Just 22 per cent of people – a little over one in five – say they would find it easy to identify domestic abuse, according to new research from Citizens Advice.
Market research firm Comres polled 2,000 adults for the advice organisation.
As many as one in three claimed to be not be aware that domestic violence could take place between ex-partners or spouses no longer involved with each other, and only two in five (39 per cent) said they understood the concept of financial abuse, in which someone controls their victim’s spending. Awareness of psychological abuse was higher, with four out of five or 86 per cent saying they had heard of the phenomenon.
Thirteen per cent of respondents, meanwhile, insisted that domestic violence was only possible between people who have begun living together and could not happen when couples were still dating.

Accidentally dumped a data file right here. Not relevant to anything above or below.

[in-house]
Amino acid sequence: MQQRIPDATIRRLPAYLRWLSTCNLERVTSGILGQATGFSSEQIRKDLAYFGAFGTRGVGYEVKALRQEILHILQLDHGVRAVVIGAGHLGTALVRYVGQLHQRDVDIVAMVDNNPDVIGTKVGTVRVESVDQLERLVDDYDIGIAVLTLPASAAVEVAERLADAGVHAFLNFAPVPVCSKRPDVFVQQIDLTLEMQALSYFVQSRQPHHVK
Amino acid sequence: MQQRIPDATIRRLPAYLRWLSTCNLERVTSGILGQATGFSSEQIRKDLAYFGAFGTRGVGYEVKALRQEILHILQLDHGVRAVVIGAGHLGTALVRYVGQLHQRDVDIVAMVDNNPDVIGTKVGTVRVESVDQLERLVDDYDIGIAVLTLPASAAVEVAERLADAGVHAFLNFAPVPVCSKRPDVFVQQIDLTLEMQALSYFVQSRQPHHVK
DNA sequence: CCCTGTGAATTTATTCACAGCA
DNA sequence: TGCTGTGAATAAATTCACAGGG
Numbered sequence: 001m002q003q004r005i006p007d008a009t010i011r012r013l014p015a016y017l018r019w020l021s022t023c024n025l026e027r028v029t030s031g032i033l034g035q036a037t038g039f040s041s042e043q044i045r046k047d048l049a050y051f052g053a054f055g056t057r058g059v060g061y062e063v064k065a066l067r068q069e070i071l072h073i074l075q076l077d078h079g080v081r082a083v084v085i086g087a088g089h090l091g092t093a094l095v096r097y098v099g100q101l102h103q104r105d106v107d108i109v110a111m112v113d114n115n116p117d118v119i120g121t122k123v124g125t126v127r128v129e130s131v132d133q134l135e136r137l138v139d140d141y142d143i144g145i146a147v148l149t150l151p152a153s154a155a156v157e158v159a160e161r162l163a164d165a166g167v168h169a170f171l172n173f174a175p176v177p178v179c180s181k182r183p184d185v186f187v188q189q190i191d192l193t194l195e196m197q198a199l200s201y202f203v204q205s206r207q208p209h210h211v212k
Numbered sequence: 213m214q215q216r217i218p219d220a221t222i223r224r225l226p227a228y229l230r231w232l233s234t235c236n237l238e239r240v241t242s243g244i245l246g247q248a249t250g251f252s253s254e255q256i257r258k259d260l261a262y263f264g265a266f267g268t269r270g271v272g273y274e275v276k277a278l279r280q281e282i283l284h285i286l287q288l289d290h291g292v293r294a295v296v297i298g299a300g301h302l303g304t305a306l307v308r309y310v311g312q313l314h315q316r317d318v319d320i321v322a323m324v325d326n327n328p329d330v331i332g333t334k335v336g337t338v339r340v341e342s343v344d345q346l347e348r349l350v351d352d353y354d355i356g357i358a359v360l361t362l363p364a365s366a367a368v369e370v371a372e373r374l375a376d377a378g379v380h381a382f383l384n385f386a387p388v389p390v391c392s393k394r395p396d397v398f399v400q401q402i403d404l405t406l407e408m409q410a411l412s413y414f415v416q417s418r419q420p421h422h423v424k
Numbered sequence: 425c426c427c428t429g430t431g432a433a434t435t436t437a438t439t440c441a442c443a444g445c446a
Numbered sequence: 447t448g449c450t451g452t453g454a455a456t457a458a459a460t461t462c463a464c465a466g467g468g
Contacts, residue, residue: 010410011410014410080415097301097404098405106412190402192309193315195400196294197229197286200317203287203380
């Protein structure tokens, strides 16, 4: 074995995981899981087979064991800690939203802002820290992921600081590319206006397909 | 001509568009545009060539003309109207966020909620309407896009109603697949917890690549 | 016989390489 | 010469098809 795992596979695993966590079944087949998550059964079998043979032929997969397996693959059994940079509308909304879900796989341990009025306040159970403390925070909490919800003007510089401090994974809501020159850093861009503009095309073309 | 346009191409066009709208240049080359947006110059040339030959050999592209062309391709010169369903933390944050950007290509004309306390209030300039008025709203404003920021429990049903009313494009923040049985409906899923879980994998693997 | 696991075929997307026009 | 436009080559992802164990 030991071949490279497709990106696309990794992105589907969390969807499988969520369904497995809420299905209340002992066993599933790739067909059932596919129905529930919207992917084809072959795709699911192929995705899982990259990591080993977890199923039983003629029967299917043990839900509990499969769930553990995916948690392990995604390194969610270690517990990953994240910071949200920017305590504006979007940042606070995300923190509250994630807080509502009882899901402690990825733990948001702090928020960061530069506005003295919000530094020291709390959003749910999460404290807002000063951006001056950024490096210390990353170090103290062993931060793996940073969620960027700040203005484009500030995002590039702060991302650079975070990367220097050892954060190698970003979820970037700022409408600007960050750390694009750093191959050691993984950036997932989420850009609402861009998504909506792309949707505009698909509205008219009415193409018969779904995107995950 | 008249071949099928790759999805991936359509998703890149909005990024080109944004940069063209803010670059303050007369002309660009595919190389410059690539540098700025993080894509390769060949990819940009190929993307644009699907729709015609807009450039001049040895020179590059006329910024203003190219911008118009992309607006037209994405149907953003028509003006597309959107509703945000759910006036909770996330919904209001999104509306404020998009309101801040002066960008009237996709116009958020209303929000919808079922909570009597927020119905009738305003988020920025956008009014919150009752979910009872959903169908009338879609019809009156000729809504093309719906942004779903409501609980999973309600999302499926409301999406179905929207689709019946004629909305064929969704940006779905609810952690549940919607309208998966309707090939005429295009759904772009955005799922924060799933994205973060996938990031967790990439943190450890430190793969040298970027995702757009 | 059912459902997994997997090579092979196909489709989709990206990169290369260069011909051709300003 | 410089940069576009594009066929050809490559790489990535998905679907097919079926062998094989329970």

Citizens Advice Chief Executive Gillian Guy said the finding highlighted the issues faced by many victims.
“The suffering of domestic abuse victims is going undetected. Many people do not realise abuse can occur after a relationship has ended and be financial or psychological, as well as physical. Without the knowledge and understanding of the extent of abuse it is difficult for family and friends to make sure people get the help they need.”
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